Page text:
• stumble
  • youtube
  • linkedin

India – Unheard Voices – Irom Sharmila, Lakshmi, Veena Devi #Vaw

Kalpana Sharma

Irom Sharmila‘s fast without end and her plea that the Armed Forces Special Powers Act be withdrawn has so far fallen on deaf ears. Photo: Sushil Kumar Verma | The Hindu
There’s money for sea links, flyovers, broad roads and gleaming new airports. But what of the urban poor?

As 2016 begins, one prediction will not go wrong. There will be noise, much more noise on the Indian political-scape. Five state elections. Each will be as fraught as the next. But in the midst of this noise, some voices will be drowned out, voices that are barely heard even when it is quiet.

This column has tried, in the 22 years that it has occupied this space, to remind us that these unheard voices need an audience. Urgently.

Voices like that of Irom Sharmila in Manipur. Her fast without end and her plea that the Armed Forces Special Powers Act (AFSPA) be withdrawn has so far fallen on deaf ears. Sharmila continues her protest; successive governments continue to justify the imposition of AFSPA in northeastern States like Manipur and in Kashmir. And the voices of those who bear the brunt of this policy are heard only when there is an “incident”, when enough people die to be noted by the national press. And that is where the story ends.

Voices like that of Lakshmi, who lived on a Mumbai pavement for decades. Her plea that cities also belong to the urban poor, that they too are equal citizens who are guaranteed the same rights as those who live in 100-room mansions, has also fallen on deaf ears. Our cities are for people with houses, with cars, with holiday homes but not for people like Lakshmi who hold up the city and make it work. There is money for sea links, flyovers, broad roads, gleaming new airports and swanky business districts, but no money for affordable housing, potable water supply, sanitation systems that reaches the poorest.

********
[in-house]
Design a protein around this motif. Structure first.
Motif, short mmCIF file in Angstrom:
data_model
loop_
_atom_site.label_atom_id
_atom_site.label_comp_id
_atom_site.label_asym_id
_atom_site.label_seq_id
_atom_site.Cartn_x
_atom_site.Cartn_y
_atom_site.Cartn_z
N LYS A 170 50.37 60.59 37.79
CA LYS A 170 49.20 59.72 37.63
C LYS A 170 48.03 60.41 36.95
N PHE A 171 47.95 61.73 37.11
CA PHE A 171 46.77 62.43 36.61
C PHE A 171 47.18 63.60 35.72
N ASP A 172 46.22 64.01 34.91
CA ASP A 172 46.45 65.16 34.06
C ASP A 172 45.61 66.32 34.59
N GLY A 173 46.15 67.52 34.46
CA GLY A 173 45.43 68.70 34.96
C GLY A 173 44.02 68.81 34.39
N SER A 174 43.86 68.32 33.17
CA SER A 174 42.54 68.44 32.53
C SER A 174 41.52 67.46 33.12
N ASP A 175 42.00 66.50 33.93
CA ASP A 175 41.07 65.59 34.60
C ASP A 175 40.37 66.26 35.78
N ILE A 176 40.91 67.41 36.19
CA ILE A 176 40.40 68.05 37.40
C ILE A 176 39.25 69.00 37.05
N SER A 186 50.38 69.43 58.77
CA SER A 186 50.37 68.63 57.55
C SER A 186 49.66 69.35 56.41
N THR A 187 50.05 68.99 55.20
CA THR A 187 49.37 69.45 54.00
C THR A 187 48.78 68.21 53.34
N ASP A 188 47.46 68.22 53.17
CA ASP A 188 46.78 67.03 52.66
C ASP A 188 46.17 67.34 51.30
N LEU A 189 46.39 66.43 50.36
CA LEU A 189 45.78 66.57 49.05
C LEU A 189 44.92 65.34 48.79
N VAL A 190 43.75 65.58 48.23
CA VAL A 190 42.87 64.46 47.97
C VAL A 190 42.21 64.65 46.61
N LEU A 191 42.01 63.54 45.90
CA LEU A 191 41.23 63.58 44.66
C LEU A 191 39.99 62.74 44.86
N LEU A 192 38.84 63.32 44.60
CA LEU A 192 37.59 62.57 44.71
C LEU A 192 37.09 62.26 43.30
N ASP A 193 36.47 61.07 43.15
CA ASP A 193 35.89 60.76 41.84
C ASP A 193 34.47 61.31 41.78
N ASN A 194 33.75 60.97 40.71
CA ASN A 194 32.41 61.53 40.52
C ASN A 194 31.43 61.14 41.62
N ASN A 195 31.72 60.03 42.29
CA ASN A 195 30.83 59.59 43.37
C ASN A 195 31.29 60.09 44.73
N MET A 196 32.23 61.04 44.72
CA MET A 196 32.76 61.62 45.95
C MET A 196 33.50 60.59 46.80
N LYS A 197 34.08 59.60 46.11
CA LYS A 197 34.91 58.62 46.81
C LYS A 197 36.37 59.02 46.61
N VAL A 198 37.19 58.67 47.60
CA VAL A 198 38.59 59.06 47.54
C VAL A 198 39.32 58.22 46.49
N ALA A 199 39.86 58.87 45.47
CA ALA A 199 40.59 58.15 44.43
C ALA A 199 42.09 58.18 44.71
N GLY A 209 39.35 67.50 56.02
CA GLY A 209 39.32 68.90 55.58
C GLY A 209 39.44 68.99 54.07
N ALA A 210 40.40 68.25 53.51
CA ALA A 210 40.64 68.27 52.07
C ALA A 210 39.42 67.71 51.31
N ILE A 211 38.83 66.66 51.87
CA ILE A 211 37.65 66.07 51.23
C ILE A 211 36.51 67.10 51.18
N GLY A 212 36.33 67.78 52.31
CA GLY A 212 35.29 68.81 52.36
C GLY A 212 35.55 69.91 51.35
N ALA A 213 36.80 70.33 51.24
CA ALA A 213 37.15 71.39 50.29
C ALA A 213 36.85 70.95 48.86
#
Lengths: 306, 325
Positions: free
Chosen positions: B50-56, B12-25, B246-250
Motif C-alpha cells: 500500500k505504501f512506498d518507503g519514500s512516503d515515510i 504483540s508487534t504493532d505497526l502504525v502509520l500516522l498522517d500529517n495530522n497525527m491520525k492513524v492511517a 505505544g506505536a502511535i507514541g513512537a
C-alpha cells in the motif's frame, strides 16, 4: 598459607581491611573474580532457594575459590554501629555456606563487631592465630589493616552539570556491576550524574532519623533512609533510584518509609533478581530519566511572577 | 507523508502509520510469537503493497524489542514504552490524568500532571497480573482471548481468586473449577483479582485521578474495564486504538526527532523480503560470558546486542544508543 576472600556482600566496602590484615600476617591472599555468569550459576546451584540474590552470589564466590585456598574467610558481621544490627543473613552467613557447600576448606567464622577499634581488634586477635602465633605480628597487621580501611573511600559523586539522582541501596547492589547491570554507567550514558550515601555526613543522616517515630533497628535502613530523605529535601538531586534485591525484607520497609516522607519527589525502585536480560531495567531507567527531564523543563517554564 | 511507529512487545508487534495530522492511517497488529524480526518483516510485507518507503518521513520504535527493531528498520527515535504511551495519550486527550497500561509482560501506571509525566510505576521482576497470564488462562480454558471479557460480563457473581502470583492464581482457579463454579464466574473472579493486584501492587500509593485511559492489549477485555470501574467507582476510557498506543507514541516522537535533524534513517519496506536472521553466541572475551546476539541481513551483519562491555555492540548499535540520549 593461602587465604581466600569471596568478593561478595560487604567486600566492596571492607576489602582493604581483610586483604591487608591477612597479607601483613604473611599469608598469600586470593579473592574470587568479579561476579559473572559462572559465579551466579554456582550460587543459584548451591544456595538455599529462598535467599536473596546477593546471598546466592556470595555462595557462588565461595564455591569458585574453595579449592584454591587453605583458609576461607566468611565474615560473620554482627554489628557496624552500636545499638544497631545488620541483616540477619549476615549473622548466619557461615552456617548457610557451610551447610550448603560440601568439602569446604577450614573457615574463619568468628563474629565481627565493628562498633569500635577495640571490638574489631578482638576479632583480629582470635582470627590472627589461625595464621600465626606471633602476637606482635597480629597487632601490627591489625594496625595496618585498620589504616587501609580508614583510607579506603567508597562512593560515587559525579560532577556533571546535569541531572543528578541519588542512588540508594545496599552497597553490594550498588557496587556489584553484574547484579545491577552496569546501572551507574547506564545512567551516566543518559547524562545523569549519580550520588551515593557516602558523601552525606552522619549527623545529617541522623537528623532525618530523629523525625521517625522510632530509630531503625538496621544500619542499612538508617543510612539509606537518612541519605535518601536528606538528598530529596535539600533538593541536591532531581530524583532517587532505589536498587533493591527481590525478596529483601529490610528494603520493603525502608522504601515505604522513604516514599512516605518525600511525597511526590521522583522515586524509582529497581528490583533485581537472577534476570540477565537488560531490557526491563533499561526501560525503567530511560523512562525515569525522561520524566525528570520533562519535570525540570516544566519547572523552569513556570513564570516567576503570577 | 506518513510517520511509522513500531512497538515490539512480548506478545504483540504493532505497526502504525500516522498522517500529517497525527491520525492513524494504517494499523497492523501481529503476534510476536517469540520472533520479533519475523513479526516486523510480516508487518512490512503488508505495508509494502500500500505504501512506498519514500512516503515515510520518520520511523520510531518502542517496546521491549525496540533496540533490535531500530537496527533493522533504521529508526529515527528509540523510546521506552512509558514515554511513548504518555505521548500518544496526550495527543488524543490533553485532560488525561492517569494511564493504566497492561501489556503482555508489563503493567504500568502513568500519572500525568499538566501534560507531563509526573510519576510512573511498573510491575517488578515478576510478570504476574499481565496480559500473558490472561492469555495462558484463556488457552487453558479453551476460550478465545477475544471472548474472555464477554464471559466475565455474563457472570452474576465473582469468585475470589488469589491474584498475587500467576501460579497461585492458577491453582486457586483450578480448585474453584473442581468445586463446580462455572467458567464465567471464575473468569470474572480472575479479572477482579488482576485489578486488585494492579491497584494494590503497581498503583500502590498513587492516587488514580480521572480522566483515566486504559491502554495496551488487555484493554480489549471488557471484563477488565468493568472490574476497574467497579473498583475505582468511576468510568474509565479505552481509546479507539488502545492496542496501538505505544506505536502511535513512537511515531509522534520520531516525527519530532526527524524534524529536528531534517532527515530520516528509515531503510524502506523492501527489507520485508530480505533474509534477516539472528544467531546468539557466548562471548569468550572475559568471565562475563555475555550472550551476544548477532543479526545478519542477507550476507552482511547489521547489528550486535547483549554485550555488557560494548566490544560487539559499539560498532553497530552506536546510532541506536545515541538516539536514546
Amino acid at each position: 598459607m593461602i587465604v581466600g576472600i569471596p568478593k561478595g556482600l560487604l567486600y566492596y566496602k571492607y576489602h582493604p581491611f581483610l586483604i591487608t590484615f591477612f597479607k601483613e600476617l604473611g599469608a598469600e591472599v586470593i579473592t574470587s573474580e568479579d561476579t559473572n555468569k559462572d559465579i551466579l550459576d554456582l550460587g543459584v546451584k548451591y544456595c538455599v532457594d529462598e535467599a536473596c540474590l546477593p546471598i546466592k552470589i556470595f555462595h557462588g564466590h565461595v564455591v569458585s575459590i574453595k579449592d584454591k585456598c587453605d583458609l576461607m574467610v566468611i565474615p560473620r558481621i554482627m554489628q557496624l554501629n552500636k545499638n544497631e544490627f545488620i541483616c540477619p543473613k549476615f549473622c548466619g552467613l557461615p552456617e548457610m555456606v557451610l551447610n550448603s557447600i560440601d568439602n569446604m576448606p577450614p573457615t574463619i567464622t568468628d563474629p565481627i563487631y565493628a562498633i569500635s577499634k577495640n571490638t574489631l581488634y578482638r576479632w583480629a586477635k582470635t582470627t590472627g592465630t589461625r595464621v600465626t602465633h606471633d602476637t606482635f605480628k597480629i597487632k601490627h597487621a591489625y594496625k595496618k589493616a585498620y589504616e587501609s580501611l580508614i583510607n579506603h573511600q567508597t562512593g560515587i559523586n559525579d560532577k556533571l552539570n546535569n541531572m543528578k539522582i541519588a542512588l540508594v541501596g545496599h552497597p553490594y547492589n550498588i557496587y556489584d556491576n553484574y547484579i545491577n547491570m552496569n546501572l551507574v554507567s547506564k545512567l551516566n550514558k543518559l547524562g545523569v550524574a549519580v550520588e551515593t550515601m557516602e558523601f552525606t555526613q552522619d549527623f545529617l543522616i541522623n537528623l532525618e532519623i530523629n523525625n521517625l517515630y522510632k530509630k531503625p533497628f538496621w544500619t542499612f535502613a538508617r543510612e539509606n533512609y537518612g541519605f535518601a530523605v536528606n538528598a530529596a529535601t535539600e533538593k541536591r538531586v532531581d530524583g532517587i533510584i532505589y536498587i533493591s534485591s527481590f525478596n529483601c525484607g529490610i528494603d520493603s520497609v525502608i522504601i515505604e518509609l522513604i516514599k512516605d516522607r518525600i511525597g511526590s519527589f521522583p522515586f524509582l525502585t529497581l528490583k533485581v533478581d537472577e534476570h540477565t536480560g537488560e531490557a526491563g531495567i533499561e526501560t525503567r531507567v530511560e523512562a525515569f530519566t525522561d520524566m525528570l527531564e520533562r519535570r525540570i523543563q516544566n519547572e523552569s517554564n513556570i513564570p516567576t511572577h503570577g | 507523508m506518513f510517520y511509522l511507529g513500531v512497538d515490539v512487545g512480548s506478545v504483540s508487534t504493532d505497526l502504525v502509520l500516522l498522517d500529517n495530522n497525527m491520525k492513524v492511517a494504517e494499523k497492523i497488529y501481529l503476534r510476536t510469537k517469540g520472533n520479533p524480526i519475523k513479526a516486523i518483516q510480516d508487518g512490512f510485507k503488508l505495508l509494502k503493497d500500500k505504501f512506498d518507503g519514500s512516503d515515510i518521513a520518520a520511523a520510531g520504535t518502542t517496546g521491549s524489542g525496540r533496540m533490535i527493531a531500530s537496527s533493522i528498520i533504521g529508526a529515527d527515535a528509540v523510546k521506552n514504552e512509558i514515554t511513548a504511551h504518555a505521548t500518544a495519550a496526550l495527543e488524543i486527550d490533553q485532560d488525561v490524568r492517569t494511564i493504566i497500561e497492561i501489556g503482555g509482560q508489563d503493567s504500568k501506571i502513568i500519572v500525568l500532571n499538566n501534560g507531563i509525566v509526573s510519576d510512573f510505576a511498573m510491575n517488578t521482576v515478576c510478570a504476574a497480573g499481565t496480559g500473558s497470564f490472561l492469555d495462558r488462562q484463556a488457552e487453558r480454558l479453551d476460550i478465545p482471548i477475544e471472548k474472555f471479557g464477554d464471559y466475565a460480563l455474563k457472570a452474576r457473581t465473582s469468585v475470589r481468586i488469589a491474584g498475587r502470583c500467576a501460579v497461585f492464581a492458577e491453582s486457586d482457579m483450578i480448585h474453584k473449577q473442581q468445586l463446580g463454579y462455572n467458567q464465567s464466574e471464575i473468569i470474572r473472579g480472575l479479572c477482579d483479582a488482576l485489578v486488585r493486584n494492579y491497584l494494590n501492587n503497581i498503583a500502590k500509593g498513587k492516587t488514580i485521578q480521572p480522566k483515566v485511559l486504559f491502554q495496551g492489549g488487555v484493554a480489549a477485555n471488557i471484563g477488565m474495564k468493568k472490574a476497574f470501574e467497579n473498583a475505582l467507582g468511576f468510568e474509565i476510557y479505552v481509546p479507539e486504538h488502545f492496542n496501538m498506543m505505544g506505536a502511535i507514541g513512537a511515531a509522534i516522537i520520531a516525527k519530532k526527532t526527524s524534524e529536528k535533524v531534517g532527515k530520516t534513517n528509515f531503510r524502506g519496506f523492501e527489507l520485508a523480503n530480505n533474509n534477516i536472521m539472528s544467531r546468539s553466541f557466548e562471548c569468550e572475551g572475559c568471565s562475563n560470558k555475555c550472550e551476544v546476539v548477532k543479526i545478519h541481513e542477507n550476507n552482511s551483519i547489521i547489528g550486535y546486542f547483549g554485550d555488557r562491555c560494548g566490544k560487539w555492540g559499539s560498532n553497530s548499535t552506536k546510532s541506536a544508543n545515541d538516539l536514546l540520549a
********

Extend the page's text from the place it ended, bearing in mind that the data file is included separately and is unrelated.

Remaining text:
Voices like that of Veena Devi, the mukhiya of Loharpura panchayat in Bihar’s Nawada district. She has only basic literacy skills. Yet she has managed to grasp the essentials of good governance, brought solar lighting to her village so that women feel safe, and figured out that being humane and efficient is not rocket science. There are thousands like her across India. Their voices will disappear if the law that Rajasthan and Haryana have enacted laying down minimum educational criteria for panchayat candidates, is accepted across the country.

Voices like the rural women journalists who work without fear or favour in the rough lands of Uttar Pradesh. The women who bring out Khabar Lahariya in five dialects remind us, who live in cities, that there is an India that our urban obsessed media so readily forgets. These women, trained to be journalists, set out fearlessly to expose incidents of harassment, rape, dowry and other social issues. They also cover local politics. They report, edit and produce their paper. For it they get brickbats, they face harassment, but there is also enough appreciation to keep them going. But their voices are not loud enough to drown out the ruckus that mainstream media generates on any number of issues every day.

Giving space to such voices is not something special; it is what journalism should be about. I chose ‘The Other Half’ as the title for this column because I believe that journalism should be about telling the stories that are not obvious, that don’t automatically hit you in the face. In our rush to meet deadlines, we journalists sometimes miss out on other perspectives. We fail to invest enough in listening to those who speak in quiet voices, those not quite sure about what they feel, those who appear inarticulate to the outside world.

These are often women, poor women, but also men who belong to groups so long marginalised that they have internalised the belief that their views do not count. So they never step forward and speak to you. If you are interested, or concerned, you have to seek them out and convince them you want to listen.

As we go into a new year, followed by one that stood out for growing intolerance, perhaps we should find ways of being more intolerant, but about issues other than the ones that cropped up last year.

We are too tolerant. We tolerate abysmal poverty in the midst of strident consumerism; we tolerate the infamy of millions of our citizens who continue to be discriminated against and marginalised by virtue of their caste; we tolerate unacceptable levels of violence against women within their homes and outside; we tolerate sex-selection and son-preference leading to a skewed sex ratio; we tolerate the existence of millions of undernourished and stunted children in a country where waste is becoming a symbol of prosperity and “progress”; we tolerate women dying at child-birth when this is not a life-threatening disease; we tolerate the excesses of the state in the name of “national security” even as our justice system fails to serve the powerless. The list of what we tolerate, and should not, is endless.

As I sign off on my last column in this space, let me assure the readers of The Other Half, who favoured me with sharp and useful comments through these years, that the other half of the story will continue to be told.

Related posts

Leave a Reply

%d bloggers like this: